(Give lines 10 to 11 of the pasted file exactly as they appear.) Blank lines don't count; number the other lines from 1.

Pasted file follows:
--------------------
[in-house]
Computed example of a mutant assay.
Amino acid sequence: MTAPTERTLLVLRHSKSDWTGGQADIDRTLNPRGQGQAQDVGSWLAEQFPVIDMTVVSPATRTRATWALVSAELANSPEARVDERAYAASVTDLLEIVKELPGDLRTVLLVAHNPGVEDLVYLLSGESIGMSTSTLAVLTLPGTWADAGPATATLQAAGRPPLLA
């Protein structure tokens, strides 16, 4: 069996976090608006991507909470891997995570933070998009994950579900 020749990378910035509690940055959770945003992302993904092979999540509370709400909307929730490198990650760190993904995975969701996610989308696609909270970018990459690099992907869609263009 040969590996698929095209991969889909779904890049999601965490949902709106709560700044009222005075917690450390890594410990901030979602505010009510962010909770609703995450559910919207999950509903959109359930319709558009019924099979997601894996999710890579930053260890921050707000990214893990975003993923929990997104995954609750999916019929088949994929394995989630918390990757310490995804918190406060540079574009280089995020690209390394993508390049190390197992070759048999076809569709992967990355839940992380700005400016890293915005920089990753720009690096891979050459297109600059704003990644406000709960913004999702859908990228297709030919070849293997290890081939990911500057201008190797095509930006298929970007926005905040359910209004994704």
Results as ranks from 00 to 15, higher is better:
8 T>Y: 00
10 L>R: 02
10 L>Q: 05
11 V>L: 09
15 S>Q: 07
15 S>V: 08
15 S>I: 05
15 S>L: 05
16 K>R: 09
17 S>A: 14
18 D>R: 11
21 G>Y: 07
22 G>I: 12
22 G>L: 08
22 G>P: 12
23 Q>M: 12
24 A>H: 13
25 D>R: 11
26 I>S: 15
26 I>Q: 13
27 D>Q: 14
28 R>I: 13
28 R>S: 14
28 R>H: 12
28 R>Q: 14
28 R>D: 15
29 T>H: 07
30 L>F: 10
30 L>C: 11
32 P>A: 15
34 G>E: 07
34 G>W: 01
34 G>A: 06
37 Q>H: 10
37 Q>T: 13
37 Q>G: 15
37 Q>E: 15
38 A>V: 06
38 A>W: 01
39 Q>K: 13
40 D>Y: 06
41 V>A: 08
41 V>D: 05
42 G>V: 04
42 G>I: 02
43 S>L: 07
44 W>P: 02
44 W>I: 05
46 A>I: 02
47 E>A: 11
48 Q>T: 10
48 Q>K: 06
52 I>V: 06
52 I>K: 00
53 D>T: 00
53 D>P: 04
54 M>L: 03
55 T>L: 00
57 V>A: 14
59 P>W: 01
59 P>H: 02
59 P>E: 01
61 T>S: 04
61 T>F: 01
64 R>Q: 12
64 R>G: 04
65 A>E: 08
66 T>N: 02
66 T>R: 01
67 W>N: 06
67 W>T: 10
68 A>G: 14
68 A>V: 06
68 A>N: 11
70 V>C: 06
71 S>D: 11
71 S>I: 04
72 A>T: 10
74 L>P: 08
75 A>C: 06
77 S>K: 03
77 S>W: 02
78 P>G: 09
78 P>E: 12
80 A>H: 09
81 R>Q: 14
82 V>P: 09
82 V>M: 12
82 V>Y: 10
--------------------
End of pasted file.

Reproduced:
15 S>Q: 07
15 S>V: 08